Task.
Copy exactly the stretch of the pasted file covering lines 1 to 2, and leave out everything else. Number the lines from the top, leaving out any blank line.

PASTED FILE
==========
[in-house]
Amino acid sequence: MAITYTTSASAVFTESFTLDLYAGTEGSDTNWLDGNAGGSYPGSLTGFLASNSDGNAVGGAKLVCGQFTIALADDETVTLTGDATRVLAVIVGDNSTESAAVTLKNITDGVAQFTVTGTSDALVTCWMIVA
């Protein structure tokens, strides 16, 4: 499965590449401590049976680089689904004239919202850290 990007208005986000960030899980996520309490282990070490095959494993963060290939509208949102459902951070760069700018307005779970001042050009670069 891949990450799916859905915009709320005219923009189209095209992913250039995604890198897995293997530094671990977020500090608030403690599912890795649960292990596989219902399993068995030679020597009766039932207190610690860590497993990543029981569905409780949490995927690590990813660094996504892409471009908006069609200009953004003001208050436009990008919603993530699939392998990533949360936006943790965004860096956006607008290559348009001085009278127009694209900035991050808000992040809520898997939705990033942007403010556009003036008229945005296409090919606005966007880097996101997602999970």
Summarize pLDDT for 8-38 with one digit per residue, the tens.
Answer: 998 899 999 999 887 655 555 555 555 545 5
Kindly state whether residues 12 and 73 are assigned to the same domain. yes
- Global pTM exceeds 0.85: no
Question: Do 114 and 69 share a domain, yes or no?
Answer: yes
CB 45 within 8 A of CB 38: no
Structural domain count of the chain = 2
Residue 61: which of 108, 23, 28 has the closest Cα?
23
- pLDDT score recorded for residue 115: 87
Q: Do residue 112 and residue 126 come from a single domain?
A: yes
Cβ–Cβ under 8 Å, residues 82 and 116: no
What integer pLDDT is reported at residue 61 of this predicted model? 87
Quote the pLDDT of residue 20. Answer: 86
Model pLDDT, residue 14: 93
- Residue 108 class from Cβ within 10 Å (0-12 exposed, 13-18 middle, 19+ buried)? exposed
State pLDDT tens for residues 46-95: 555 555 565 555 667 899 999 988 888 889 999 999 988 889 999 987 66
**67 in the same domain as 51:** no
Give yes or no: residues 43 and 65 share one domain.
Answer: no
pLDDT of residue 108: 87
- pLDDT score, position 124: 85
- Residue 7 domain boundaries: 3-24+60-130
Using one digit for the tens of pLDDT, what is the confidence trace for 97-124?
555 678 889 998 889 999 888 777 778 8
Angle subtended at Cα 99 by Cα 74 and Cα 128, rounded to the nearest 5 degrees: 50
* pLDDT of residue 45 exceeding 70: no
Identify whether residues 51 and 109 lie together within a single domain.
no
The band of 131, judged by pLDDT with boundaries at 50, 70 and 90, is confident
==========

[in-house]
Amino acid sequence: MAITYTTSASAVFTESFTLDLYAGTEGSDTNWLDGNAGGSYPGSLTGFLASNSDGNAVGGAKLVCGQFTIALADDETVTLTGDATRVLAVIVGDNSTESAAVTLKNITDGVAQFTVTGTSDALVTCWMIVA